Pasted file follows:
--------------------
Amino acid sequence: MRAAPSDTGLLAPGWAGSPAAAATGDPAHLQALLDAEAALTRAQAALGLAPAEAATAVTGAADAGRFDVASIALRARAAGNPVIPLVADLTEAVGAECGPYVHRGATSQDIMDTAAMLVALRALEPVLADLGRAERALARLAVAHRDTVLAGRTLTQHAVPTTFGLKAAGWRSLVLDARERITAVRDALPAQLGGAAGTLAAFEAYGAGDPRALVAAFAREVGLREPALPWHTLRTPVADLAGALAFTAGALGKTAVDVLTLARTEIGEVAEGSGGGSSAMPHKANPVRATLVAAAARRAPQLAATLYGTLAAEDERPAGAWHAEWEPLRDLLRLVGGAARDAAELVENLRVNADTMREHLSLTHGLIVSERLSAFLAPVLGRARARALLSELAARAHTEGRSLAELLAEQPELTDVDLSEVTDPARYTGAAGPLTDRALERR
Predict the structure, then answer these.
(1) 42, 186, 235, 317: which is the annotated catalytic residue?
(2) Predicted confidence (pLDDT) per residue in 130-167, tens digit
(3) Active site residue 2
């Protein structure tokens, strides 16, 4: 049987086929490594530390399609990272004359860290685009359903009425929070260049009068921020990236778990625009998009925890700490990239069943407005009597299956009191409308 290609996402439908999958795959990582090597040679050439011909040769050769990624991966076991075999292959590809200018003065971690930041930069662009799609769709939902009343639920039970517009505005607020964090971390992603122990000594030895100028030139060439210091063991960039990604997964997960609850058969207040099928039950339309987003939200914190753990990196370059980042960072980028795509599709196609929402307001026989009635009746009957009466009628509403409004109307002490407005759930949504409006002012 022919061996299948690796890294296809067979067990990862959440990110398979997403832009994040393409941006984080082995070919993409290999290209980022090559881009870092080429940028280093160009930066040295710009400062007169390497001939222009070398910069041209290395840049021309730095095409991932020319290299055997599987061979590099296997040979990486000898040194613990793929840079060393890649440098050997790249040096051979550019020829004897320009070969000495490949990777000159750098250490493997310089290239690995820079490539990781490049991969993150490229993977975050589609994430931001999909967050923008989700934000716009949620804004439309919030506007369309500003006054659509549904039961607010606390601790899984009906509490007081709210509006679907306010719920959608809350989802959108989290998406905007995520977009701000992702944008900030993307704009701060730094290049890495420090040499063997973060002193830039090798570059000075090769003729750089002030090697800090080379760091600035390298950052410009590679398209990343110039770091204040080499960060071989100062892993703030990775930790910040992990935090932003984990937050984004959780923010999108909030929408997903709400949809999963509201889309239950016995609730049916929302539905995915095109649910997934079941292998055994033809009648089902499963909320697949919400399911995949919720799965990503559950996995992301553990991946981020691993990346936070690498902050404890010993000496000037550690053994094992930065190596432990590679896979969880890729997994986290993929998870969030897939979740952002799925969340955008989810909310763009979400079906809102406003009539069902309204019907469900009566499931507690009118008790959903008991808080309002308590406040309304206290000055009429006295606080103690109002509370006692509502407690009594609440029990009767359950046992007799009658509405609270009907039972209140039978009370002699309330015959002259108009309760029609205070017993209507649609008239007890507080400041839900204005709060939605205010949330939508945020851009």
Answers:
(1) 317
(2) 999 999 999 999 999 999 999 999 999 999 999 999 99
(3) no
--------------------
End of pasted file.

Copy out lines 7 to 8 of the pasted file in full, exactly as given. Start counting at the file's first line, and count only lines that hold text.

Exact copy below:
Answers:
(1) 317